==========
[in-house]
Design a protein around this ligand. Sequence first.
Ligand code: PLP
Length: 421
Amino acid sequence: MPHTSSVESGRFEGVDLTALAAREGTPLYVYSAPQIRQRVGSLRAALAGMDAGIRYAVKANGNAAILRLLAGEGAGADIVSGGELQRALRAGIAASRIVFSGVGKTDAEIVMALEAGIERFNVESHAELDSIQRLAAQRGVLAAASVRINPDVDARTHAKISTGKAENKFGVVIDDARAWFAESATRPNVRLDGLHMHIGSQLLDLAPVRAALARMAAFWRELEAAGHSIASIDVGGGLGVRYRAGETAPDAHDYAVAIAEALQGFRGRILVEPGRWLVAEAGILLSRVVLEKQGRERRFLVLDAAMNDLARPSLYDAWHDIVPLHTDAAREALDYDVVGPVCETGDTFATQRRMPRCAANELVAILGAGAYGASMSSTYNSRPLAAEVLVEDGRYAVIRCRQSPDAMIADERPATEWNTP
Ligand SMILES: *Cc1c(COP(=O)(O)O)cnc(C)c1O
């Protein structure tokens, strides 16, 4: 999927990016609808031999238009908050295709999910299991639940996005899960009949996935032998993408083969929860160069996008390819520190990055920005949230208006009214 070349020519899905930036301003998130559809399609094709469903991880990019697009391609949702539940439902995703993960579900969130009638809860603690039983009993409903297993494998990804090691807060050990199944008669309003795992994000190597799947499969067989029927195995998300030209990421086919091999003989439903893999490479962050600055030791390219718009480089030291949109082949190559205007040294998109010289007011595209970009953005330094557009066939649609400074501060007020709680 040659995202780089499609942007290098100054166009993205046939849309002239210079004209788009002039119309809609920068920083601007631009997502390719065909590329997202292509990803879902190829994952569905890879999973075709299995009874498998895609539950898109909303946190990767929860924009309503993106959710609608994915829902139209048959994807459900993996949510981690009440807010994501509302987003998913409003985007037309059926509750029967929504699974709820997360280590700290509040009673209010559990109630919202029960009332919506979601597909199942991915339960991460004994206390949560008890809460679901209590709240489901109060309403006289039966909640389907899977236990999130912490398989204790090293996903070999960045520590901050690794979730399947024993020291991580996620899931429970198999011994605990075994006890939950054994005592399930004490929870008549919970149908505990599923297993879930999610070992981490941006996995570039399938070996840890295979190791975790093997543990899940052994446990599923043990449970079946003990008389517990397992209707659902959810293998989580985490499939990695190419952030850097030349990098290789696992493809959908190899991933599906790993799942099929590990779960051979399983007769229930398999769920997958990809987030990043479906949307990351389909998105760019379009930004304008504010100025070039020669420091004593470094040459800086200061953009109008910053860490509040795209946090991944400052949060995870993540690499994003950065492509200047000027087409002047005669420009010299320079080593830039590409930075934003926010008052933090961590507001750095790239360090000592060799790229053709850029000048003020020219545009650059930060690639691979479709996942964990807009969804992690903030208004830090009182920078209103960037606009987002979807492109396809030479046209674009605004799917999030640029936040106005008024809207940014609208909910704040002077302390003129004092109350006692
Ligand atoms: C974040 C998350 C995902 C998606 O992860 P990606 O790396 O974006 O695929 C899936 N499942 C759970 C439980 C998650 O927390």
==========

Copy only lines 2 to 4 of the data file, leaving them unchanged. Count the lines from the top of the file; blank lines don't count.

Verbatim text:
Design a protein around this ligand. Sequence first.
Ligand code: PLP
Length: 421